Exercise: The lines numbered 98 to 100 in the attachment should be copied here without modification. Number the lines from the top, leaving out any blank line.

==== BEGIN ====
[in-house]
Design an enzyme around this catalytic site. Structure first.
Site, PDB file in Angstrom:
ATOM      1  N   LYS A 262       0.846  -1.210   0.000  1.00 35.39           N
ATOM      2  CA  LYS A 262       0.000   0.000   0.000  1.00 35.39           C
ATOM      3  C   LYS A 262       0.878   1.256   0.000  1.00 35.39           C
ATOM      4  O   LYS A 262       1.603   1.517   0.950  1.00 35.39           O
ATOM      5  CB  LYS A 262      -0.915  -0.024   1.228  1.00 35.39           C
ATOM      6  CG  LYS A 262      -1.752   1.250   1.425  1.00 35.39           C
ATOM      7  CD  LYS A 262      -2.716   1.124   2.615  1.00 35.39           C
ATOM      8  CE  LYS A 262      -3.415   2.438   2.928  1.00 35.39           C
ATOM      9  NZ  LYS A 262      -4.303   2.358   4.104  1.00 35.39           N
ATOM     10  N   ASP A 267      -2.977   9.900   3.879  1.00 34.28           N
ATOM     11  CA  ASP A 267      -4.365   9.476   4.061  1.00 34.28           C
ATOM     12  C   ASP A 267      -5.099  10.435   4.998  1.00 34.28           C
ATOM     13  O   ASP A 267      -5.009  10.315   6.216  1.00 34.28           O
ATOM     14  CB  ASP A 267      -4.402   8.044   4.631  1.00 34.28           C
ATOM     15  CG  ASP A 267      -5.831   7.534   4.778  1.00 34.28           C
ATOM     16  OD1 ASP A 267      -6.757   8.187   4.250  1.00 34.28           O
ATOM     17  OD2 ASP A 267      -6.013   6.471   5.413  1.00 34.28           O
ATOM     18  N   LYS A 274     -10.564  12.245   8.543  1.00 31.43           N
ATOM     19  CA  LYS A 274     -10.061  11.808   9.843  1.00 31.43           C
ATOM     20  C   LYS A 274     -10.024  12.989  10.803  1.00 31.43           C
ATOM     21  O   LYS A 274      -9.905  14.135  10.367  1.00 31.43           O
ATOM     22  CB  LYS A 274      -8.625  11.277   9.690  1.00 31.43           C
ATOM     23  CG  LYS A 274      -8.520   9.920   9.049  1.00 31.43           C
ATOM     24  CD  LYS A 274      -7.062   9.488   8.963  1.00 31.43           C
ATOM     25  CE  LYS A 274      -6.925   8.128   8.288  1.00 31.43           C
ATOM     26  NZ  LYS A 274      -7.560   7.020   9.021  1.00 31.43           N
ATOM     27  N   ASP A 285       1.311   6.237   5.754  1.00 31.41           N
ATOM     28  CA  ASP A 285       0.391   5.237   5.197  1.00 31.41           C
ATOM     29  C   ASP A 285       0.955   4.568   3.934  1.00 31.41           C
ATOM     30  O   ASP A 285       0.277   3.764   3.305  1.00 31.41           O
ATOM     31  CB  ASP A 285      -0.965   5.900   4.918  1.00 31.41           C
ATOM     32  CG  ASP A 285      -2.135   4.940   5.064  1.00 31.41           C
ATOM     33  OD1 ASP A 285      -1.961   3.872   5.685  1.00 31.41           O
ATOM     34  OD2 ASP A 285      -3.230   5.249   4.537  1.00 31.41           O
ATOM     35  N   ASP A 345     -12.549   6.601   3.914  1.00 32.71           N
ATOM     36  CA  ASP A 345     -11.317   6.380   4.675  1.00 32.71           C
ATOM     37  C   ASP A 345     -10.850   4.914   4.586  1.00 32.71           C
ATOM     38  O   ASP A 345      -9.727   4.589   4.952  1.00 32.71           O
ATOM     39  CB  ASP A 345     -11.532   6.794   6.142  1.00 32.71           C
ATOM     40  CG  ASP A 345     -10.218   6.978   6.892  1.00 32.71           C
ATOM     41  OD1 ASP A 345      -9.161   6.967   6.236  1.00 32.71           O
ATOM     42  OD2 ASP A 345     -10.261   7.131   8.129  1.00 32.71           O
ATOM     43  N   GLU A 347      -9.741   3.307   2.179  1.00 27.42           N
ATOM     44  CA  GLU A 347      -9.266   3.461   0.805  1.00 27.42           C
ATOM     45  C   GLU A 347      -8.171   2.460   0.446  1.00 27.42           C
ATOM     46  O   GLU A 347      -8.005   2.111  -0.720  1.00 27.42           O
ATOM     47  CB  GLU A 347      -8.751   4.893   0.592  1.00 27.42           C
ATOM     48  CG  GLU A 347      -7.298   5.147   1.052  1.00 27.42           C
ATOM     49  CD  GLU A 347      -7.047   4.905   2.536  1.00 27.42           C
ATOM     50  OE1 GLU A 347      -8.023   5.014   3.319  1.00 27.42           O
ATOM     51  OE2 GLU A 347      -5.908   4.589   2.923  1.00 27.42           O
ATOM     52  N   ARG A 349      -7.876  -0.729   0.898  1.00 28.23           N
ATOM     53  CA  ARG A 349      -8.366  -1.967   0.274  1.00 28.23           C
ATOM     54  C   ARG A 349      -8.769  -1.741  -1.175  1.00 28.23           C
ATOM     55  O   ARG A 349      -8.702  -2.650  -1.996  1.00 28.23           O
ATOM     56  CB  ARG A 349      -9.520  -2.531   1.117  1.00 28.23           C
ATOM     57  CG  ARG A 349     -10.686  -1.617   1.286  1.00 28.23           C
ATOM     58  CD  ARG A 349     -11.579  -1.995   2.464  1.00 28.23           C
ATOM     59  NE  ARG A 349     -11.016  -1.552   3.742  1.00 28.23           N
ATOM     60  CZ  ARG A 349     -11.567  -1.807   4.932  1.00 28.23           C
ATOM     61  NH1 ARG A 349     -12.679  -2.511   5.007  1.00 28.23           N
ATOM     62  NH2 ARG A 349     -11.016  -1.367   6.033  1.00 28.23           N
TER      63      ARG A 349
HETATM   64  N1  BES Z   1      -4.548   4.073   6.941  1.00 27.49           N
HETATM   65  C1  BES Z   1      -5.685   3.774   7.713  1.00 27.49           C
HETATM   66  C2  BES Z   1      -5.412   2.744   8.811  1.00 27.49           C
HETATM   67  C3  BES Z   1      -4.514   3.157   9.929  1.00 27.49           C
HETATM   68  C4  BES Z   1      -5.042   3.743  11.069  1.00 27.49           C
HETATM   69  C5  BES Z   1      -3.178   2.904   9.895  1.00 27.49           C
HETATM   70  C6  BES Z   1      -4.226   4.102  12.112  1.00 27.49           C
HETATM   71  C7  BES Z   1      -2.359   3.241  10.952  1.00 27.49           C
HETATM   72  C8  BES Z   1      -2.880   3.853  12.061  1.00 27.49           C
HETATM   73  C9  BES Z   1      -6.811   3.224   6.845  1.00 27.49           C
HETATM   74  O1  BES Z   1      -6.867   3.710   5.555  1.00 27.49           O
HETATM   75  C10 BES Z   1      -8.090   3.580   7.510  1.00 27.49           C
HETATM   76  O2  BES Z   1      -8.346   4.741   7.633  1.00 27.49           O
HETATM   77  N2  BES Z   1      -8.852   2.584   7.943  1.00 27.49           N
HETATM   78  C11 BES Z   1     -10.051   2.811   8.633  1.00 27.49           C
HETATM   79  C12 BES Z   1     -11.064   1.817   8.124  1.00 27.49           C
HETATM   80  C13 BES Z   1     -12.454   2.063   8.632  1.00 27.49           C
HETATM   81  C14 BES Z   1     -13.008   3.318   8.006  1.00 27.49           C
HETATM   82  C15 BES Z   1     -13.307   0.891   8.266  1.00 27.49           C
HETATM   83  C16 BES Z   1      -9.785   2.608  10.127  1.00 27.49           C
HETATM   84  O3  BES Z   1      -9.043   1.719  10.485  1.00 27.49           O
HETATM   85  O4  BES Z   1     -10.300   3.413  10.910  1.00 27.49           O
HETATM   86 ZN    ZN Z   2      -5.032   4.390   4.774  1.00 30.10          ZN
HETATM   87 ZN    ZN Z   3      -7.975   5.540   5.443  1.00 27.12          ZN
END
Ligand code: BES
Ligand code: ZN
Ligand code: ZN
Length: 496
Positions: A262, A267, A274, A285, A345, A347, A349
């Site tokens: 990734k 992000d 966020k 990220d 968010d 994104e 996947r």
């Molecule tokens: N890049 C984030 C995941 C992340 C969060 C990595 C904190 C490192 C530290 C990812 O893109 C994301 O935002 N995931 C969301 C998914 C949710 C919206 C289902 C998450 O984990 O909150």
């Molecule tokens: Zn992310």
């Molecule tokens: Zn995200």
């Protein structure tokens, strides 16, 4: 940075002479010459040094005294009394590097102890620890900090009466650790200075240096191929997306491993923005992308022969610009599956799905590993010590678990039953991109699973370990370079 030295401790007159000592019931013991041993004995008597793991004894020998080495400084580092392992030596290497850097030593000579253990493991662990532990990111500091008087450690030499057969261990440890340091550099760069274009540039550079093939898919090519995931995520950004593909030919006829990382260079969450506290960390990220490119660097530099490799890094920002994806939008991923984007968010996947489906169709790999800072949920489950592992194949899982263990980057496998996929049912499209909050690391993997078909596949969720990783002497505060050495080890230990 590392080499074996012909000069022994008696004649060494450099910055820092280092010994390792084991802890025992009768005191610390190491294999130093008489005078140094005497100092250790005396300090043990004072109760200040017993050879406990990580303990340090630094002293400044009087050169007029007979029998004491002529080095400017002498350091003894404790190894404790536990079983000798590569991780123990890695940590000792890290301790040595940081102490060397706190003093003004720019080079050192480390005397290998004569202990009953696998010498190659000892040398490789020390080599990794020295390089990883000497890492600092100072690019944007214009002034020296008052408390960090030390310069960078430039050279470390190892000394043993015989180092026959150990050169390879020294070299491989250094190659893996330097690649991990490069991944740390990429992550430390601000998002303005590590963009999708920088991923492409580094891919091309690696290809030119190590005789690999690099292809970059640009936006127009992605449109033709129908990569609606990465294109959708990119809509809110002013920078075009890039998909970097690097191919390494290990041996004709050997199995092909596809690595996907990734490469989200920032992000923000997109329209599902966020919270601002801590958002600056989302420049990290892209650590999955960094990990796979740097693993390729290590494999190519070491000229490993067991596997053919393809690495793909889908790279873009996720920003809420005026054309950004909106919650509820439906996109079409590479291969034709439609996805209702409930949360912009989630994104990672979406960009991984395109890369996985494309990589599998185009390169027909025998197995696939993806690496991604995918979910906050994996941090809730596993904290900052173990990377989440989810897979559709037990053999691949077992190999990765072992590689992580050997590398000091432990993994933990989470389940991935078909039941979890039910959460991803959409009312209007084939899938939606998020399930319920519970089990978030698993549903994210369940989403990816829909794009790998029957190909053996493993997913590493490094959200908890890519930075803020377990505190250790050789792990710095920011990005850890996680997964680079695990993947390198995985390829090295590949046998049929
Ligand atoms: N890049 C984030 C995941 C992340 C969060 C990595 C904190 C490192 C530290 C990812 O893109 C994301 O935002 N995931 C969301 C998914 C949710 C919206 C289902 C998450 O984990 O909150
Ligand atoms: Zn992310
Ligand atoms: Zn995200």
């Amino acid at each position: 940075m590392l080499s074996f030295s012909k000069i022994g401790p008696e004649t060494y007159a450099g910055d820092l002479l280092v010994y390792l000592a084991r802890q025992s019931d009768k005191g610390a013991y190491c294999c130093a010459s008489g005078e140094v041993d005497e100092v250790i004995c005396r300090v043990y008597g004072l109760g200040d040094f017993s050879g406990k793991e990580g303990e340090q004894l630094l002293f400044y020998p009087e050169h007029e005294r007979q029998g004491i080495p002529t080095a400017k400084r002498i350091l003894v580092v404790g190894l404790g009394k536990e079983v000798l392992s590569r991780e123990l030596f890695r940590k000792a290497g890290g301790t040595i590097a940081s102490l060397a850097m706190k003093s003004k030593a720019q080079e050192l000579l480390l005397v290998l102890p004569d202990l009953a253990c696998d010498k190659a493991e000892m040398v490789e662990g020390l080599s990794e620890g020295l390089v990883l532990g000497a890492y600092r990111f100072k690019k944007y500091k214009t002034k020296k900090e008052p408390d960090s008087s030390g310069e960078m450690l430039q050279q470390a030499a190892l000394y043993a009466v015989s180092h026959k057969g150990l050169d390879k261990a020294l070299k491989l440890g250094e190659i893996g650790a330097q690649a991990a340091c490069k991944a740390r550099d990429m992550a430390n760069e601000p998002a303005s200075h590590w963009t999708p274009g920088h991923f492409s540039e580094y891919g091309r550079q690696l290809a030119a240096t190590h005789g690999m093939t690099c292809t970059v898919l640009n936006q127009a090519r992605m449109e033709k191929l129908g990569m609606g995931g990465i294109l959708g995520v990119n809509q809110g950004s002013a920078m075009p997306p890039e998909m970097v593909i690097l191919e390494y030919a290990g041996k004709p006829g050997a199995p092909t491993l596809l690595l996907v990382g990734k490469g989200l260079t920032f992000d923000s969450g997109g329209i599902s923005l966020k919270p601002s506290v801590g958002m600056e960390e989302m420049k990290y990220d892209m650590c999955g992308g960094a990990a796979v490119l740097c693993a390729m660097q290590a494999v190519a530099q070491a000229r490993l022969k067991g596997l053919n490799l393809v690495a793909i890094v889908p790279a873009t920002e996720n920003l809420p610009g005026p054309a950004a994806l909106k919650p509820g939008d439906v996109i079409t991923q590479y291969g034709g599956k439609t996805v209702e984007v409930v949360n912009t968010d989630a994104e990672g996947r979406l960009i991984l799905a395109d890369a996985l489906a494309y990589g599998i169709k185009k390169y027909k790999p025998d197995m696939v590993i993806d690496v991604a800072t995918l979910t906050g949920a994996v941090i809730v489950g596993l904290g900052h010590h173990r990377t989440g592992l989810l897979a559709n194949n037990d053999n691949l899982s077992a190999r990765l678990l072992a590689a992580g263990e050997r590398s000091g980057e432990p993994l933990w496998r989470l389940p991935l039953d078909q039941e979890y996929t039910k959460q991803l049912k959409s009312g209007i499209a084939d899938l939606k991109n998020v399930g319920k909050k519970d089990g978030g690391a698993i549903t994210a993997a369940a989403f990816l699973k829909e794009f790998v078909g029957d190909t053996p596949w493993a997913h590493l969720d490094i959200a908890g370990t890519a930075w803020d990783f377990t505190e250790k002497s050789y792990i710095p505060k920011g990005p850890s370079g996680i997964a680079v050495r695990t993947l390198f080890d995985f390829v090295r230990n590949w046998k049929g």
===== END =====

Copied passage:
């Molecule tokens: N890049 C984030 C995941 C992340 C969060 C990595 C904190 C490192 C530290 C990812 O893109 C994301 O935002 N995931 C969301 C998914 C949710 C919206 C289902 C998450 O984990 O909150």
């Molecule tokens: Zn992310």
């Molecule tokens: Zn995200």